So, many places to go and things to do

Ireland has a rich and glorious past, steeped in history, folklore and legends. Its breath-taking scenery is totally captivating and also provides a natural playground for those of you wishing to enjoy the great outdoors.

At Treasured Ireland we create imaginative itineraries to showcase our wealth of culture, history, ancient customs and traditions, which encompass some of Ireland's finest historic houses, ancient monuments, castles and gardens and areas of outstanding natural beauty.


As with each one of our itineraries, it will be unique and personally tailored to your specific interests and wishes. We also love an adventure and may well throw in a surprise or two along the way as we are always happy to take a detour on our travels to explore the little winding lanes and nooks and crannies that are often passed by. We can't wait to hear what you have in mind so contact us today to share your thoughts and let your dreams unfold.

Below are some of the most popular locations and attractions to spark your imagination!

Powerscourt Estate
With breath-taking views of the Sugar Loaf Mountain, Co Wicklow and voted one of the Top 10 Houses and Mansions in the World by Lonely Planet with gardens voted No. 3 by National Geographic, Powerscourt Estate is on many visitors ‘must see’ list. The gardens stretch over 47 acres and offer a sublime blend of formal gardens, sweeping terraces, statues, ornamental lakes, secret hollows and rambling walks.
Rock of Cashel
The Rock of Cashel is an ancient royal site of the kings of Munster. A collection of medieval ecclesiastical buildings this spectacular archaeological site is one of Ireland’s most visited attractions, with 12th century round tower, high cross, ruins of a Romanesque chapel, a 13th century gothic cathedral and 15th century castle.
Trinity College Library
Located in the heart of Dublin city dating back to 1592, Trinity College has the largest library in Ireland and is home to The Book of Kells, Ireland's greatest cultural treasure and the world's most famous medieval manuscript. The 9th century book is a richly decorated, beautiful, illuminated manuscript of the four Gospels of the life of Jesus Christ.
Skellig Michael
The Skellig Islands are towering crags of rock located 12 km off the Iveragh Peninsula in the south west. Skellig Michael is known throughout the world of archaeology as the site of a well-preserved monastic outpost of the Early Christian period and a designated a UNESCO World Heritage Site. Little Skellig is equally renowned in matters of ornithology as the home of some 27,000 pairs of gannets, the second largest colony in the world.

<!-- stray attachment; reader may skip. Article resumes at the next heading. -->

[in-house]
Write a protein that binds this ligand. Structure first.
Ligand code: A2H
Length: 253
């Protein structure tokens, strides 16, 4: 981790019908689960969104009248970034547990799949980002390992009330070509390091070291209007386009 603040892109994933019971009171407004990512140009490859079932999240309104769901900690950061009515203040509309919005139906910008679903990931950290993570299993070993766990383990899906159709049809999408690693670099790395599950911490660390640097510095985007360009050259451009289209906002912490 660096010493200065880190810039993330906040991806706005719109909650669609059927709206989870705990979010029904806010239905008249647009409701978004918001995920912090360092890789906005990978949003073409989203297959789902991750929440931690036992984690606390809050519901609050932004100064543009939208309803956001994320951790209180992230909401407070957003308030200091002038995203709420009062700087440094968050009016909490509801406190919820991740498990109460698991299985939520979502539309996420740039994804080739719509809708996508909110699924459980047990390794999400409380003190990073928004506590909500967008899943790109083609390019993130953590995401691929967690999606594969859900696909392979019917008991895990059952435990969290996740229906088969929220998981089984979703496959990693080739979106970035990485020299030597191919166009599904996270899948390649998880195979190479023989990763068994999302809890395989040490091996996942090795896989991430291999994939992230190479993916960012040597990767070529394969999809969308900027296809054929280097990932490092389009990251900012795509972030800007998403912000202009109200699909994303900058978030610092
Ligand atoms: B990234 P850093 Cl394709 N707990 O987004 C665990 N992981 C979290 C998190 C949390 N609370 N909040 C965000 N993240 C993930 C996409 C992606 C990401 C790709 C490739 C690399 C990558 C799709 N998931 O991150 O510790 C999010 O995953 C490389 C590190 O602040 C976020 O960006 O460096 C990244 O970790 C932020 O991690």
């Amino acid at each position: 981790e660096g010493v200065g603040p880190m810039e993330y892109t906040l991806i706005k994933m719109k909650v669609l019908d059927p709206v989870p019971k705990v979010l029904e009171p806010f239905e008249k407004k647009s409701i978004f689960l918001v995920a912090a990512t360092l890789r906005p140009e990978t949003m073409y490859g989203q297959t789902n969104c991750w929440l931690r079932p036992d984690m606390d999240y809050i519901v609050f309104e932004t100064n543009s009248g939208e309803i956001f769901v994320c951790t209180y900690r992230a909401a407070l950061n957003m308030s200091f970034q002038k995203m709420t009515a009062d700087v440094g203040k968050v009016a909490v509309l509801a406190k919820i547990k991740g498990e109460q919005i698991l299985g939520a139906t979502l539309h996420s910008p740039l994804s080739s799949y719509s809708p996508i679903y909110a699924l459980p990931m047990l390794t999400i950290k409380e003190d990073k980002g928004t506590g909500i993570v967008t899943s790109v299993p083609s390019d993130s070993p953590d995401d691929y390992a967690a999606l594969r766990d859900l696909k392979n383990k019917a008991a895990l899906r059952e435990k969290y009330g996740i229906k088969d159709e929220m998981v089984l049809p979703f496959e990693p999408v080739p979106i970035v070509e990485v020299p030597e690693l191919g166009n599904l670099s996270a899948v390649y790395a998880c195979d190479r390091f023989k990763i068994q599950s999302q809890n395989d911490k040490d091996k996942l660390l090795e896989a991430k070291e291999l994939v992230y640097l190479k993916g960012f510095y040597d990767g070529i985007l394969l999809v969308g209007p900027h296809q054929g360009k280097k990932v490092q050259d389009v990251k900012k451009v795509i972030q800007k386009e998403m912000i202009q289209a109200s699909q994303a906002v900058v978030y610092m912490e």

Cliffs of Moher
Ireland’s No. 1 most visited natural attraction, the cliffs stretch 8km along Co Clare’s Atlantic coast and reach 214m at their highest point. Known for spectacular views and a fantastic environmentally friendly visitor centre built into the hillside, you will also find 19th century O’Brien’s Tower and be able to access over 800m of rugged cliff side paths and viewing areas.
Giant's Causeway
One of the most popular attractions in Northern Ireland, a UNESCO World Heritage site covering 40,000 interlocking hexagonal shaped basalt columns, with tops that form stepping stones leading from the foot of a cliff and disappear into the sea. According to legend, the columns are the remains of a causeway built by the Irish giant Fionn mac Cumhaill (Finn MacCool).
Wild Atlantic Way
The longest clearly defined coastal drive in the world, winding its way 2,500 km along the West Coast of Ireland. The route takes you through nine counties stretching from Co Donegal’s Inishowen Peninsula in the north to the pretty village of Kinsale, Co Cork in the south. With unbelievably breath taking scenery it’s certainly one for your ‘bucket list’.
A UNESCO World Heritage Site, Newgrange is a 5,200 year old passage tomb located in the Boyne Valley, Co Meath. It is older than Stonehenge and The Pyramids of Giza. It is a place of astrological, spiritual, religious and ceremonial importance surrounded by 97 large stones called kerbstones some of which are engraved with megalithic art.
Blarney Castle
This magnificent 1200 AD Castle is home to the famous Stone of Eloquence commonly known as the Blarney Stone. Over the years thousands of visitors have flocked to Blarney to kiss the stone, making it one of Ireland’s greatest treasures. From the top of the Castle you can take in the wonderful views of over 60 acres of sprawling parklands which include gardens, avenues, arboretums and waterways.
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NIALL WALLACE Tel: +353 87 207 9352     NYREE WATSON Tel: +353 83 318 4505